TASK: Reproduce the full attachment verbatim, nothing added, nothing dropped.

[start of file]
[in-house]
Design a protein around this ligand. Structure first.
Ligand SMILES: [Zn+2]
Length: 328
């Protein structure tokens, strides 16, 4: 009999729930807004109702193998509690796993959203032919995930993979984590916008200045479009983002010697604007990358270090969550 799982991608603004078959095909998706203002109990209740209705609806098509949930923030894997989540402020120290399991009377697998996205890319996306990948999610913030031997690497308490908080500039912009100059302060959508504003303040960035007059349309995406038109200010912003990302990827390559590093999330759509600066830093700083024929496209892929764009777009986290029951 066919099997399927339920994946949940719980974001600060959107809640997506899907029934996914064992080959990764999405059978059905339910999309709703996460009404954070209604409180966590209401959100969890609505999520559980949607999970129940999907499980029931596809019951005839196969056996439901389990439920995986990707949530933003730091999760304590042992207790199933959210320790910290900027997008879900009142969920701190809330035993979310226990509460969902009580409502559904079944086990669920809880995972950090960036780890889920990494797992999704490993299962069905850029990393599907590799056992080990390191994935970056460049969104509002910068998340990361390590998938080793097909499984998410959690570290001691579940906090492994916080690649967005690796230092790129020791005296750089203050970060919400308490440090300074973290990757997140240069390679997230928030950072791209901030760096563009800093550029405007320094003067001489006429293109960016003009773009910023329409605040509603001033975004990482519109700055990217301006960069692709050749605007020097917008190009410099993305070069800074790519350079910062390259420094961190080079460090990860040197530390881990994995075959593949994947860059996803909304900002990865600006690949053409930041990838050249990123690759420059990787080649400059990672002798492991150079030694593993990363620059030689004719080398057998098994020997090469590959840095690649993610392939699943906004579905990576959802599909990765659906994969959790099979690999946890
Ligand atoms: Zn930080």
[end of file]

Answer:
[in-house]
Design a protein around this ligand. Structure first.
Ligand SMILES: [Zn+2]
Length: 328
């Protein structure tokens, strides 16, 4: 009999729930807004109702193998509690796993959203032919995930993979984590916008200045479009983002010697604007990358270090969550 799982991608603004078959095909998706203002109990209740209705609806098509949930923030894997989540402020120290399991009377697998996205890319996306990948999610913030031997690497308490908080500039912009100059302060959508504003303040960035007059349309995406038109200010912003990302990827390559590093999330759509600066830093700083024929496209892929764009777009986290029951 066919099997399927339920994946949940719980974001600060959107809640997506899907029934996914064992080959990764999405059978059905339910999309709703996460009404954070209604409180966590209401959100969890609505999520559980949607999970129940999907499980029931596809019951005839196969056996439901389990439920995986990707949530933003730091999760304590042992207790199933959210320790910290900027997008879900009142969920701190809330035993979310226990509460969902009580409502559904079944086990669920809880995972950090960036780890889920990494797992999704490993299962069905850029990393599907590799056992080990390191994935970056460049969104509002910068998340990361390590998938080793097909499984998410959690570290001691579940906090492994916080690649967005690796230092790129020791005296750089203050970060919400308490440090300074973290990757997140240069390679997230928030950072791209901030760096563009800093550029405007320094003067001489006429293109960016003009773009910023329409605040509603001033975004990482519109700055990217301006960069692709050749605007020097917008190009410099993305070069800074790519350079910062390259420094961190080079460090990860040197530390881990994995075959593949994947860059996803909304900002990865600006690949053409930041990838050249990123690759420059990787080649400059990672002798492991150079030694593993990363620059030689004719080398057998098994020997090469590959840095690649993610392939699943906004579905990576959802599909990765659906994969959790099979690999946890
Ligand atoms: Zn930080």